It is no surprise and at the same time very concerning that the BCI blames first the people living in the areas to be conserved and their shifting cultivation practices when it starts pointing to the drivers of deforestation, before mentioning others such as concessions for forestry and logging activities. Population growth in the communities, including the influx of migrants, is also being mentioned as a factor that would put more pressure on forests, without however questioning why and where these people are migrating from in the first place?

Another thing that calls attention in this approach is that the project documentation of the BCI curiously makes a parallel between economic and ecological corridors. It argues that in both cases an “unhindered” movement, either of goods, or of natural species, is crucial. Besides, if both types of corridors would not exist, the argument continues, the “Greater Mekong Subregion development agenda is likely to be threatened”. Indeed, this revealing remark makes sense because, in their view, for economic growth to continue within a “green economy” framework there is a need for “compensatory” conservation practices, like biodiversity corridors based on ecosystem services, REDD+ and biodiversity offsets. The real “price” is then paid especially by forest-dependent communities as it is mostly their territories which are the target for implementing the compensation projects. Another sign of how much the biological corridor is based on the economic one becomes visible in the language adopted in the BCI project documentation, for example, giving local indigenous communities the title of “resource managers”.

The strategic role and relation between economic and biodiversity corridors for governments in the region and their cooperation with the ADB becomes even more evident in the 2016 ADB publication called “ASEAN-ADB Cooperation Toward the Asean Community”, presenting a vision for 2025. Among the six priorities highlighted to realize this vision, one says that “ through environmental sustainability we can help to mitigate the negative effects of integration by managing critical ecosystems and biodiversity corridors”. What “integration” means is explained in the main of the other six priorities: “The first priority is physical connectivity. Connecting markets and propelling future growth by upgrading parts of the ASEAN Highway Network (..)” and “greater energy security through cross-border power interconnection and trade”(9).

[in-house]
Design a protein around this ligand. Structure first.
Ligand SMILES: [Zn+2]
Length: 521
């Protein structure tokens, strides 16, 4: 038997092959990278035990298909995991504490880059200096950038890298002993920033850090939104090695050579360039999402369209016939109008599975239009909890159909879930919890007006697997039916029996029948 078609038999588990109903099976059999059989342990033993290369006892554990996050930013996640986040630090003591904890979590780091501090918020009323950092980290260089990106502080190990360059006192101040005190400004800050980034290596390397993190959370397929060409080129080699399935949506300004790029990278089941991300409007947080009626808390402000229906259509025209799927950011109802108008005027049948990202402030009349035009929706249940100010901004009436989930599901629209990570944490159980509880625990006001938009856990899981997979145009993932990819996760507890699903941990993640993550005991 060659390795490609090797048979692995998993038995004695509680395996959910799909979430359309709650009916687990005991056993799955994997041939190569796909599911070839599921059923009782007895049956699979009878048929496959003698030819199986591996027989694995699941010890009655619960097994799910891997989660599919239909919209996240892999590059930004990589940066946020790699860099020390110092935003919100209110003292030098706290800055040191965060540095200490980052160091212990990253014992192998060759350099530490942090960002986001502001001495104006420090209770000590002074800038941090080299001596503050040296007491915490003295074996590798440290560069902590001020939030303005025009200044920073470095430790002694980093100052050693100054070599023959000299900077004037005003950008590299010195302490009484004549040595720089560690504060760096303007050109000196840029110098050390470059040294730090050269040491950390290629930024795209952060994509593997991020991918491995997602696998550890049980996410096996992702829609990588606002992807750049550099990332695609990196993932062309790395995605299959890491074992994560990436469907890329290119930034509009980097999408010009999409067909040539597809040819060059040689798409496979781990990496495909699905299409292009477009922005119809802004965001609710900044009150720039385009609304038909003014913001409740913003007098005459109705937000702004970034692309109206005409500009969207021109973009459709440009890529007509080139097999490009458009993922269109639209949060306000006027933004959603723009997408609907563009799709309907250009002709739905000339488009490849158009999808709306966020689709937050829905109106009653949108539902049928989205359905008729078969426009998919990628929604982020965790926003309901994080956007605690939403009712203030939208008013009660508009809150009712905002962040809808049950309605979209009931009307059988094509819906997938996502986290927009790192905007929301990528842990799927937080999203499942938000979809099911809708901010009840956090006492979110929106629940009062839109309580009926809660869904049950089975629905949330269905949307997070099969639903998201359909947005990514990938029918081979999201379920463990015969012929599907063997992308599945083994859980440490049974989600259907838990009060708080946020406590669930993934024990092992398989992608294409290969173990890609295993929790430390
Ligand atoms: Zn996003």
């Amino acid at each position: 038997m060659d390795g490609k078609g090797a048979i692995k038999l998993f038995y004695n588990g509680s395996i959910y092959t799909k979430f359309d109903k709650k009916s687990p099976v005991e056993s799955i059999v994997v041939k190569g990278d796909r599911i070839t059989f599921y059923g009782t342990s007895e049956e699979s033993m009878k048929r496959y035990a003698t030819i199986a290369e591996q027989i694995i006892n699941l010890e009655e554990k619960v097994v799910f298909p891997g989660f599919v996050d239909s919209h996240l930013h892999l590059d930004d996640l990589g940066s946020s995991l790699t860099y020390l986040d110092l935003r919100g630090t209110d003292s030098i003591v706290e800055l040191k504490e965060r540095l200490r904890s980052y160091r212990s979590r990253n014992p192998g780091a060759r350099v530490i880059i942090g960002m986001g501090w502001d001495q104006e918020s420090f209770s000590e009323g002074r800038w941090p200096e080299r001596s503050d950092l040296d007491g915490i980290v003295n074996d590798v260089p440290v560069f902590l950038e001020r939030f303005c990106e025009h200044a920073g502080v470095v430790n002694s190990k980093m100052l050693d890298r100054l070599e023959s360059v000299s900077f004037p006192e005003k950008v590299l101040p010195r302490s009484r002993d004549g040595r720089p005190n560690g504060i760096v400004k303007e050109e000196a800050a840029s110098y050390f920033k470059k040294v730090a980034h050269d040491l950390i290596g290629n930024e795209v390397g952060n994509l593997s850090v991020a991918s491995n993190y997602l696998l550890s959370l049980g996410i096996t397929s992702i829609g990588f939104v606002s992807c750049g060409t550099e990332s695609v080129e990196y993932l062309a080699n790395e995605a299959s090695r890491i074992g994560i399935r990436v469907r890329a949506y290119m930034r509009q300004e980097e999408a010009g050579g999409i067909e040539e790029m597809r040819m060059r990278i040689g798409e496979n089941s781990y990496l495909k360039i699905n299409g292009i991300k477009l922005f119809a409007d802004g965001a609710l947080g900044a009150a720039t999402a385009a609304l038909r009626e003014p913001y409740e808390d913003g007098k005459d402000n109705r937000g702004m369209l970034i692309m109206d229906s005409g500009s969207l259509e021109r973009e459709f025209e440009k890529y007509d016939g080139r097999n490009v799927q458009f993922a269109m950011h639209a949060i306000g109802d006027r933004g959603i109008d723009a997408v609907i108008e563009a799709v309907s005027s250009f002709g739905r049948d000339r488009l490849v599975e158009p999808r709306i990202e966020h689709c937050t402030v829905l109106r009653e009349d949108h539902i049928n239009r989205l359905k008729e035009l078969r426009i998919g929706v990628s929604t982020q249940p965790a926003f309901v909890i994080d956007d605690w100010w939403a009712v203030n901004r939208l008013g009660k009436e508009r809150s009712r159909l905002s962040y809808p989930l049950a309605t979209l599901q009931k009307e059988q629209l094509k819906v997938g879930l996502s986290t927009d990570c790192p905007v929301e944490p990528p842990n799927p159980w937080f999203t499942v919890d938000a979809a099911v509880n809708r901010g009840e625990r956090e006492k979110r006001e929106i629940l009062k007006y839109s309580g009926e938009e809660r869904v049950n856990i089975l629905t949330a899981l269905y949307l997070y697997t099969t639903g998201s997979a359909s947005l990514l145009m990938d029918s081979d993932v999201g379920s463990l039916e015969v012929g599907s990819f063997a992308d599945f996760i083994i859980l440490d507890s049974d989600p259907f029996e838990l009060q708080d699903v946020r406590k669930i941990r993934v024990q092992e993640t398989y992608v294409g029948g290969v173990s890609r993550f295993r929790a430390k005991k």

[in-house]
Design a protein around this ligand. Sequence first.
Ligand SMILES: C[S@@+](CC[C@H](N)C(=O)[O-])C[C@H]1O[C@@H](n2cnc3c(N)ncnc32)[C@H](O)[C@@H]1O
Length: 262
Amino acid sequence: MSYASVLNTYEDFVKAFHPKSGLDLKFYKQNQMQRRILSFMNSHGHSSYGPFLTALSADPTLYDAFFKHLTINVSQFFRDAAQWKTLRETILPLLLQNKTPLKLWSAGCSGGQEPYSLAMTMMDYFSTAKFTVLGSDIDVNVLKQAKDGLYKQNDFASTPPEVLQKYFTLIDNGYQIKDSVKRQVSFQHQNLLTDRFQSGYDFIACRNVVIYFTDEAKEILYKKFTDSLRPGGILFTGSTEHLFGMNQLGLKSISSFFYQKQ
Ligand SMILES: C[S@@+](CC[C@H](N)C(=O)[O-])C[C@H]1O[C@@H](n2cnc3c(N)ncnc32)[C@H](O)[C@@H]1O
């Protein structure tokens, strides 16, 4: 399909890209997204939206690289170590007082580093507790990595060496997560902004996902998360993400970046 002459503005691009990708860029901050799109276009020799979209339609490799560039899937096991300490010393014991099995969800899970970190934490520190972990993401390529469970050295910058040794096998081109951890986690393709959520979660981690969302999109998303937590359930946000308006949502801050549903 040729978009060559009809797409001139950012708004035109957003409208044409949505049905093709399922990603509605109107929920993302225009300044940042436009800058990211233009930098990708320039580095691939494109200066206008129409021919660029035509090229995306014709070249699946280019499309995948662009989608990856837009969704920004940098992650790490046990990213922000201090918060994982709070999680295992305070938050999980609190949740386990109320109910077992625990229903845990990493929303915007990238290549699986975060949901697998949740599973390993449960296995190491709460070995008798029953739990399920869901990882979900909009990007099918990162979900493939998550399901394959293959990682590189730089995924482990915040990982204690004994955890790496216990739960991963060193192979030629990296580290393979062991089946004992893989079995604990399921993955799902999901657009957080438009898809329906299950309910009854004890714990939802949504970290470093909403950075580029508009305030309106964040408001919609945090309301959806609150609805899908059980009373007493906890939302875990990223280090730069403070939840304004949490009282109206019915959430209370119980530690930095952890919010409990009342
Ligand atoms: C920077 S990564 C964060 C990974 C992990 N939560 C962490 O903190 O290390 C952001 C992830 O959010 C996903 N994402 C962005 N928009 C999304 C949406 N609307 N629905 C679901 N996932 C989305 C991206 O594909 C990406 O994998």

It is urgent to better understand the impacts of the biodiversity corridors and biodiversity offset projects on forest-dependent communities in Asia, both those promoted with support of the ADB as well as others promoted by other financial institutions, conservation NGOs and private companies. Moreover, it is imperative to understand that these measures are just another disguise for allowing extractivist industries and infrastructure projects to continue and expand. The underlying logic of these plans shows the real interests and beneficiaries of the Asian Development Bank and other project promoters. Forest-dependent communities on the other hand, are the true face and practice of conservation, radically opposed to a destructive economic system.

If someone has more information of what is happening on the ground where such projects are being promoted and/or would like to denounce negative impacts of these projects, please get in touch with the WRM international secretariat.

Winnie Overbeek, winnie (at)

Member of the WRM International Secretariat


(2) ADB “Safeguard policy statement”, 2009.

(3) Sarulla Geothermal Power Development Project, biodiversity offset-management plan, 2015,

(4) Nam Ngiep 1 Hydropower Project in Lao PDR, 2014, Biodiversity offset design plan,






A 2014 Gabonese law on "Sustainable Development" permits the trading of carbon, biodiversity, ecosystem and community capital credits to offset destruction that companies cause. However, this law is still unclear and is open to various interpretations.